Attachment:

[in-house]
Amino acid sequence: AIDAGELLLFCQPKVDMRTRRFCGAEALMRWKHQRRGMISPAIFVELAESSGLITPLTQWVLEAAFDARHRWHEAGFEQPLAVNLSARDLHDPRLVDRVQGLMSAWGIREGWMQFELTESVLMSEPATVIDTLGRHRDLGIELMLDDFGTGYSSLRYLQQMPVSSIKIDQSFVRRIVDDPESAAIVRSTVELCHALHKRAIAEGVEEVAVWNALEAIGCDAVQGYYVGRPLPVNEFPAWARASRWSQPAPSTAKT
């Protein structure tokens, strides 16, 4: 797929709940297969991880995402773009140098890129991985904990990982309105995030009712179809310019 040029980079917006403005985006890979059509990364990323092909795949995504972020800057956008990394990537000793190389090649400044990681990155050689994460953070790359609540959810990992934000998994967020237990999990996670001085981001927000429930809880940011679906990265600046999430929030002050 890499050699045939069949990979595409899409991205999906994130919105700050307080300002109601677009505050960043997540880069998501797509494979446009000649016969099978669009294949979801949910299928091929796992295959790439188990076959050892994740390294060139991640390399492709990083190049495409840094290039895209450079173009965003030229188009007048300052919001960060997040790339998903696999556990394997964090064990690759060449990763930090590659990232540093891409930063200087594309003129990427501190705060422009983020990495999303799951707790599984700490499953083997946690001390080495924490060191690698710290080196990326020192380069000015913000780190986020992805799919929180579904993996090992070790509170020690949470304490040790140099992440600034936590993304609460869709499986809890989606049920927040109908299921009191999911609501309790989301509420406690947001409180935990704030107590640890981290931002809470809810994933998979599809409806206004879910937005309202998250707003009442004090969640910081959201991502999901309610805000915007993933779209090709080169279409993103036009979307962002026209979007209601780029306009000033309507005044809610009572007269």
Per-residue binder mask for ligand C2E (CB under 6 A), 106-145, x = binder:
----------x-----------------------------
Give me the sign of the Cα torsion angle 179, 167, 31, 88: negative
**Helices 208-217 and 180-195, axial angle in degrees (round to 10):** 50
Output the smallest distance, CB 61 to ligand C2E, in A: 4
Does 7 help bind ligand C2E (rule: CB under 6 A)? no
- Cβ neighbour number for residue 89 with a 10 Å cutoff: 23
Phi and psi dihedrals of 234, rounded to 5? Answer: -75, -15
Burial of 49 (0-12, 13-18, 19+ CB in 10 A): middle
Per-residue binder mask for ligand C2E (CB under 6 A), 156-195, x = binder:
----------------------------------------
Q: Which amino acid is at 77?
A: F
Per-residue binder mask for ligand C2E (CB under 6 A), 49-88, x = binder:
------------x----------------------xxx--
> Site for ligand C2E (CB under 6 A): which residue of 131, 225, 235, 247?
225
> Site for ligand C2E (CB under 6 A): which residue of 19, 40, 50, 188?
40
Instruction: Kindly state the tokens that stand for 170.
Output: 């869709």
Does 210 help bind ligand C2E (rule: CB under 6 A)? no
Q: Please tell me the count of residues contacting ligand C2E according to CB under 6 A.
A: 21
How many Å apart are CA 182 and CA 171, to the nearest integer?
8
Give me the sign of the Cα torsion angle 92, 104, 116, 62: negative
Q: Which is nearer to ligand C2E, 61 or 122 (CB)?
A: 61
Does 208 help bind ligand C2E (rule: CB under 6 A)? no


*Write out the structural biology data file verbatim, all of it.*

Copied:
[in-house]
Amino acid sequence: AIDAGELLLFCQPKVDMRTRRFCGAEALMRWKHQRRGMISPAIFVELAESSGLITPLTQWVLEAAFDARHRWHEAGFEQPLAVNLSARDLHDPRLVDRVQGLMSAWGIREGWMQFELTESVLMSEPATVIDTLGRHRDLGIELMLDDFGTGYSSLRYLQQMPVSSIKIDQSFVRRIVDDPESAAIVRSTVELCHALHKRAIAEGVEEVAVWNALEAIGCDAVQGYYVGRPLPVNEFPAWARASRWSQPAPSTAKT
């Protein structure tokens, strides 16, 4: 797929709940297969991880995402773009140098890129991985904990990982309105995030009712179809310019 040029980079917006403005985006890979059509990364990323092909795949995504972020800057956008990394990537000793190389090649400044990681990155050689994460953070790359609540959810990992934000998994967020237990999990996670001085981001927000429930809880940011679906990265600046999430929030002050 890499050699045939069949990979595409899409991205999906994130919105700050307080300002109601677009505050960043997540880069998501797509494979446009000649016969099978669009294949979801949910299928091929796992295959790439188990076959050892994740390294060139991640390399492709990083190049495409840094290039895209450079173009965003030229188009007048300052919001960060997040790339998903696999556990394997964090064990690759060449990763930090590659990232540093891409930063200087594309003129990427501190705060422009983020990495999303799951707790599984700490499953083997946690001390080495924490060191690698710290080196990326020192380069000015913000780190986020992805799919929180579904993996090992070790509170020690949470304490040790140099992440600034936590993304609460869709499986809890989606049920927040109908299921009191999911609501309790989301509420406690947001409180935990704030107590640890981290931002809470809810994933998979599809409806206004879910937005309202998250707003009442004090969640910081959201991502999901309610805000915007993933779209090709080169279409993103036009979307962002026209979007209601780029306009000033309507005044809610009572007269």
Per-residue binder mask for ligand C2E (CB under 6 A), 106-145, x = binder:
----------x-----------------------------
Give me the sign of the Cα torsion angle 179, 167, 31, 88: negative
**Helices 208-217 and 180-195, axial angle in degrees (round to 10):** 50
Output the smallest distance, CB 61 to ligand C2E, in A: 4
Does 7 help bind ligand C2E (rule: CB under 6 A)? no
- Cβ neighbour number for residue 89 with a 10 Å cutoff: 23
Phi and psi dihedrals of 234, rounded to 5? Answer: -75, -15
Burial of 49 (0-12, 13-18, 19+ CB in 10 A): middle
Per-residue binder mask for ligand C2E (CB under 6 A), 156-195, x = binder:
----------------------------------------
Q: Which amino acid is at 77?
A: F
Per-residue binder mask for ligand C2E (CB under 6 A), 49-88, x = binder:
------------x----------------------xxx--
> Site for ligand C2E (CB under 6 A): which residue of 131, 225, 235, 247?
225
> Site for ligand C2E (CB under 6 A): which residue of 19, 40, 50, 188?
40
Instruction: Kindly state the tokens that stand for 170.
Output: 């869709």
Does 210 help bind ligand C2E (rule: CB under 6 A)? no
Q: Please tell me the count of residues contacting ligand C2E according to CB under 6 A.
A: 21
How many Å apart are CA 182 and CA 171, to the nearest integer?
8
Give me the sign of the Cα torsion angle 92, 104, 116, 62: negative
Q: Which is nearer to ligand C2E, 61 or 122 (CB)?
A: 61
Does 208 help bind ligand C2E (rule: CB under 6 A)? no